Tobacco Free initiative to survey Tufts community

A Tufts student smokes a cigarette on the Tisch Library Patio on Feb 16. Ray Bernoff / The Tufts Daily

Tufts Tobacco Free, a campus initiative that is looking to make the Medford/Somerville campus tobacco-free, plans to survey the Tufts community about its proposed tobacco ban, according to Jennifer Allen, a professor of community health and faculty consultant for Tufts Tobacco Free.

The idea for the initiative was conceived four years ago in an Introduction to Community Health course taught by Allen and materialized after several students expressed interest in working on a solution for limiting secondhand smoke on campus, according to Allen. Megan D’Andrea and Nicholas Nasser, both seniors, have been heavily involved in developing the project, Allen added.

The initiative, which seeks to ban tobacco on the Medford/Somerville campus and provide resources to smokers who want to quit, has been primarily focused on collecting data at this time.

“The major part of our work so far has been gathering information, learning about different perspectives on this. That includes gathering information about what resources are available,” Allen said.

In addition to taking an inventory of on-campus and Massachusetts state resources for smokers, Tufts Tobacco Free is currently working on a survey that will be sent out to Tufts undergraduates, faculty, staff and neighbors, according to Allen.

Students at The Fletcher School of Law and Diplomacy have already been surveyed, according to Allen, and the majority remain unopposed or neutral to a tobacco ban. Concerns about the proposal center primarily around individual rights, marginalization and the effect on students’ mental health, Allen noted.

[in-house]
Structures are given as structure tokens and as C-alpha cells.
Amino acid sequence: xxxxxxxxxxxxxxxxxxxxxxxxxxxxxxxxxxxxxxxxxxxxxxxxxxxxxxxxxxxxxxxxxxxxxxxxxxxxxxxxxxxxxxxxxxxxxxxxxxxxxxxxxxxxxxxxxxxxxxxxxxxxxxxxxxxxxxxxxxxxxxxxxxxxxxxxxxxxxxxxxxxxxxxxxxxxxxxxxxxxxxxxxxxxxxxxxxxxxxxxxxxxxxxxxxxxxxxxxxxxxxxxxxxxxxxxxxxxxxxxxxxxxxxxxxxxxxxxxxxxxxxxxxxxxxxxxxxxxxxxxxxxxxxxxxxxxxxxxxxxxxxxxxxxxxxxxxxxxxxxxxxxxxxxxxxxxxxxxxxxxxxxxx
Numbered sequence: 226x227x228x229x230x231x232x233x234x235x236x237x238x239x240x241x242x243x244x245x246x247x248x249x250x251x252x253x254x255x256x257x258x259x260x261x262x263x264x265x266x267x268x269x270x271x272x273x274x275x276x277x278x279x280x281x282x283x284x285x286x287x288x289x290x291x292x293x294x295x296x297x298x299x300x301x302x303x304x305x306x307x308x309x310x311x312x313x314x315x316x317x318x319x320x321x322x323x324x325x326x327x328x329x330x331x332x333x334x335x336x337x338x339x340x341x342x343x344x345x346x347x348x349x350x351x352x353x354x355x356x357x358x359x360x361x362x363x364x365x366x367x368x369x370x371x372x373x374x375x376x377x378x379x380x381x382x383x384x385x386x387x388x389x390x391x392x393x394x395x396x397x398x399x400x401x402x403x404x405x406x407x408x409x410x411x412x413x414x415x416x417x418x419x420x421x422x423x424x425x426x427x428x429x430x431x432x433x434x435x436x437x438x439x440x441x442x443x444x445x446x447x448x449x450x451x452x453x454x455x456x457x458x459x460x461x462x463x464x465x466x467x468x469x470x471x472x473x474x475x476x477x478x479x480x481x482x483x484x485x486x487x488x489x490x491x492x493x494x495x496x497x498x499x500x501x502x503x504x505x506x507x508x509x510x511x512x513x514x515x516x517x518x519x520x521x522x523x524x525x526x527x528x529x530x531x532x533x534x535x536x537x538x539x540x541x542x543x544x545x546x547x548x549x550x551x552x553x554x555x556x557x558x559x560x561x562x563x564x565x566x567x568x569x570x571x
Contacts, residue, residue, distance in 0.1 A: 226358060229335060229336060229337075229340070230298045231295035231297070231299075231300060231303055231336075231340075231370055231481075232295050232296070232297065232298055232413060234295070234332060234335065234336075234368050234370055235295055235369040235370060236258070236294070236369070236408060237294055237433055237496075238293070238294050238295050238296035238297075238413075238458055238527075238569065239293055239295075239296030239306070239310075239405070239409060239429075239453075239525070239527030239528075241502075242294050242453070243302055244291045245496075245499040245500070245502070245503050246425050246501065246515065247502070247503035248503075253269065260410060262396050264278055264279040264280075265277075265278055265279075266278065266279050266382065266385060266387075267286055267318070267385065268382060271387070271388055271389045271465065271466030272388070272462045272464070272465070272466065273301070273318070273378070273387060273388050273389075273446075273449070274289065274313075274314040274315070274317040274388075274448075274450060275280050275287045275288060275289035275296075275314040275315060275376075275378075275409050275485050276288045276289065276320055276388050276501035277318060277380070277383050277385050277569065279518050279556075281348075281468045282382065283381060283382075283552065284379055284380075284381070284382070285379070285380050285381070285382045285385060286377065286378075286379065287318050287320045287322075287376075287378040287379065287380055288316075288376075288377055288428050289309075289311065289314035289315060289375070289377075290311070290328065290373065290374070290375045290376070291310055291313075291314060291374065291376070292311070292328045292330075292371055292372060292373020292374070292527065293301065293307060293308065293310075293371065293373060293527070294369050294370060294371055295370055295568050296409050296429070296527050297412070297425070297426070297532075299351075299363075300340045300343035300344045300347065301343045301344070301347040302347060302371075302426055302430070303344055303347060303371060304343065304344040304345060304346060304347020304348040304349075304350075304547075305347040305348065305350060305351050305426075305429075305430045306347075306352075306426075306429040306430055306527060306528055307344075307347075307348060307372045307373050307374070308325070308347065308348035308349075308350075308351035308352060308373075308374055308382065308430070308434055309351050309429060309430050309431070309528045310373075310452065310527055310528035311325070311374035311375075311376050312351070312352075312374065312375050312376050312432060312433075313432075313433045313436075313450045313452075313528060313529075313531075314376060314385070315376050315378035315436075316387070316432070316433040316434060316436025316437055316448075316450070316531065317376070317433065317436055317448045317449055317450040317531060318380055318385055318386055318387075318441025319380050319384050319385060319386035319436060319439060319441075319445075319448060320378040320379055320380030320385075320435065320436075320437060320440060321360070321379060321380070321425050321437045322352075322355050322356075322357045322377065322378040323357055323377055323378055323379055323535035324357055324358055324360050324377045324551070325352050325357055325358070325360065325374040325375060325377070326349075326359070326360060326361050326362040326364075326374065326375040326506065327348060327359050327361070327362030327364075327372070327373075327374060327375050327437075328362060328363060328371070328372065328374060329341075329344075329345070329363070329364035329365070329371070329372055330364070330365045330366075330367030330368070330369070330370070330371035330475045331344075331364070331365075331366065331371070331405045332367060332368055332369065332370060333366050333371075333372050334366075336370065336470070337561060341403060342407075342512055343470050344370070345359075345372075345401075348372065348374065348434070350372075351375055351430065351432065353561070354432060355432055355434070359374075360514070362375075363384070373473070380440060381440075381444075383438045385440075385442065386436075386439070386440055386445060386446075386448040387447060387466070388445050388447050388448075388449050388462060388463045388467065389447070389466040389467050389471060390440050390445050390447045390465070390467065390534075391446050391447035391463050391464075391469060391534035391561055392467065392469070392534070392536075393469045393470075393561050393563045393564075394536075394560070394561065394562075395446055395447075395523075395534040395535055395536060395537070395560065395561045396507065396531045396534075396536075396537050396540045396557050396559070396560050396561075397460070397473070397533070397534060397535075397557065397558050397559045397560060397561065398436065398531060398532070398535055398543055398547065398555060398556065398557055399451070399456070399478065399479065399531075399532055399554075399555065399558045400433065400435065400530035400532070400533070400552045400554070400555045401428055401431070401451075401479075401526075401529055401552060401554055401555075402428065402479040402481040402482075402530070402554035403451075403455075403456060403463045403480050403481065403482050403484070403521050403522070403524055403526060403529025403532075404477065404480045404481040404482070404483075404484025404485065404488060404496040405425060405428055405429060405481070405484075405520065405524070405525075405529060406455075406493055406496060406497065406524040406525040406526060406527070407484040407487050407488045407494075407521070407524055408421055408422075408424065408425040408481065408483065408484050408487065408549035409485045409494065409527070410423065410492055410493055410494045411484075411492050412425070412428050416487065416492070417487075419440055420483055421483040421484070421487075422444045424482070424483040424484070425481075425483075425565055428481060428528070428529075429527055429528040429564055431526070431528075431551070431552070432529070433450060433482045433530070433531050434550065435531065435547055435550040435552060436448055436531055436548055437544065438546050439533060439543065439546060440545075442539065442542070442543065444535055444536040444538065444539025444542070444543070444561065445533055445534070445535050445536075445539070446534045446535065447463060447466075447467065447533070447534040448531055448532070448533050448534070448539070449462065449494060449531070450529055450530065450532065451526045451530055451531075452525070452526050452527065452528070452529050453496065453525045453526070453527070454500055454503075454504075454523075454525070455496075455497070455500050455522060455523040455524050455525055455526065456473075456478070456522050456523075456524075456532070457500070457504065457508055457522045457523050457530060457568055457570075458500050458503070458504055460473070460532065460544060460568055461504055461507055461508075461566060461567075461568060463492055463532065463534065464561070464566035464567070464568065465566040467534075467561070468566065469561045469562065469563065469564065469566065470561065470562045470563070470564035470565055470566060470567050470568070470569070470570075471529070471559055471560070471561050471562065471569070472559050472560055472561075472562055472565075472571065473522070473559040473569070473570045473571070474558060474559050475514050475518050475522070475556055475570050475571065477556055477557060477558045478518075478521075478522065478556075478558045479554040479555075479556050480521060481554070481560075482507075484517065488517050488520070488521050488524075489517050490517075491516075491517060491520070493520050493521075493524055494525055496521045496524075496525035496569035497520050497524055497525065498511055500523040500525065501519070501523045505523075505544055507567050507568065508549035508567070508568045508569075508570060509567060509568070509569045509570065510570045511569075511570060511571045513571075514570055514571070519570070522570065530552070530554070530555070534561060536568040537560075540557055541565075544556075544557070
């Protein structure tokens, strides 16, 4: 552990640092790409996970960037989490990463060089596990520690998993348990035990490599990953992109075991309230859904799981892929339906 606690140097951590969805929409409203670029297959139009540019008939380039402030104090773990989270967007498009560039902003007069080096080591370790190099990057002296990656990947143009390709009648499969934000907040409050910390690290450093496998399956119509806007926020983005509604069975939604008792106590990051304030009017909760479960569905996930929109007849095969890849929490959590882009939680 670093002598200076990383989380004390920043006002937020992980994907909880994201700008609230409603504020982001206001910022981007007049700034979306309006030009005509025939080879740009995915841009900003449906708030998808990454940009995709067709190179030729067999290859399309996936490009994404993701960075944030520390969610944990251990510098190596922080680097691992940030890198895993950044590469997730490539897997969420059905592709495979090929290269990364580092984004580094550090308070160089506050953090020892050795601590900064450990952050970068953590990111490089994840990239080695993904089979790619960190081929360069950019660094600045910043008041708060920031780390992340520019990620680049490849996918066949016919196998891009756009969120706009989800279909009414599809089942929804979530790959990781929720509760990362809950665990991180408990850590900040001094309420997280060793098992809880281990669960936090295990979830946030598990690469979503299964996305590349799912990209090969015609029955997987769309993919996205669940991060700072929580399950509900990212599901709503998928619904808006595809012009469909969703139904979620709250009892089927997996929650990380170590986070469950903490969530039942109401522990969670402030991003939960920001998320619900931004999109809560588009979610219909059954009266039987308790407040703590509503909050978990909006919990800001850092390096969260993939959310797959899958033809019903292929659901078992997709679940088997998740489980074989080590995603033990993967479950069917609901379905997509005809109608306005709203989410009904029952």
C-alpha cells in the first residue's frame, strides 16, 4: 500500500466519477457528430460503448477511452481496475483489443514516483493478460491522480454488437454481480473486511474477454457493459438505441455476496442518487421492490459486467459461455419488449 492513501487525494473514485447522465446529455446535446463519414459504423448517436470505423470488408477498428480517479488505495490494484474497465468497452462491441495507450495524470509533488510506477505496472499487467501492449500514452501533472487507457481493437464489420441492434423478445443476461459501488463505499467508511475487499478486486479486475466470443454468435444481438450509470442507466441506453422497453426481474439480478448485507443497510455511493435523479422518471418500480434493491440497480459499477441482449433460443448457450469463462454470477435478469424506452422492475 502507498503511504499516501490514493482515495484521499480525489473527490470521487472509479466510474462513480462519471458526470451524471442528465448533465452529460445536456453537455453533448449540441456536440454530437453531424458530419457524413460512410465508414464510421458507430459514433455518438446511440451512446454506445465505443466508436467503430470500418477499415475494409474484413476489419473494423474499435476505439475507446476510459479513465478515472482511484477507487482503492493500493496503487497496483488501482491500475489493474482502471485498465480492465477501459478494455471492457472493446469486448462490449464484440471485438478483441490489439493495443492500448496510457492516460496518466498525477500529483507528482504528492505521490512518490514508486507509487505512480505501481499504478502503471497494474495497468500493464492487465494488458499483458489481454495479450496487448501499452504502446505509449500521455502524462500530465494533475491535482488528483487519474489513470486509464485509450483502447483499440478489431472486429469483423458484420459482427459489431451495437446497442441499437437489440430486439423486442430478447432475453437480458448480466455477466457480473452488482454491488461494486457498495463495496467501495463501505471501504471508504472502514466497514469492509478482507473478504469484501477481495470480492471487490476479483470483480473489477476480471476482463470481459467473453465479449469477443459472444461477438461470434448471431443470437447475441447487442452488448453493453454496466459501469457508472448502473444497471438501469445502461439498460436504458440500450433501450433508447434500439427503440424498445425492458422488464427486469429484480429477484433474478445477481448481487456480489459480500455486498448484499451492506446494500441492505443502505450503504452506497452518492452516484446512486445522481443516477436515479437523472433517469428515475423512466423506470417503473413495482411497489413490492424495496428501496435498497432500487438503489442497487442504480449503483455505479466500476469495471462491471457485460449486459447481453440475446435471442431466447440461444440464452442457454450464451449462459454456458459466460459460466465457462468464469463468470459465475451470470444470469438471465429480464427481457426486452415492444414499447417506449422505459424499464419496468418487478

Members of the Tufts Community Union (TCU) Senate expressed similar concerns about the proposal’s impact on marginalized populations that tend to have higher rates of tobacco consumption, including LGBTQ people, according to a Feb. 21 Daily article. Allen recognized that Tufts must work to ensure that people are not marginalized by the proposal, suggesting that Tufts provide cessation resources.

“The idea that this policy would make people feel even further marginalized was a concern, and that certainly is a concern,” Allen said. “I think we have a lot of other really important work to do on this campus that doesn’t involve tobacco.”

According to data from the 2015 National College Health Assessment survey, the smoking rate of Tufts undergraduates was one percent, but the rate for international students was seven percent, Allen said. The rate for LGBTQ students on campus was fairly low, according to Allen.

“We did try to look at data across groups and the smoking rates [among LGBTQ students] are so low overall that we couldn’t see any statistically significant variability,” Allen stated.

Allen said she hopes the ban will be implemented in a way that does not push people off campus.

“I think that tobacco is not going to be the thing that marginalizes [these groups]. What we’re seeing for Tufts is that this whole thing would be rolled out over a number of years and that there will be time for people to get whatever supports they need in place for this,” Allen said. “[Tufts University Police Department (TUPD)] is not going to be the tobacco police.”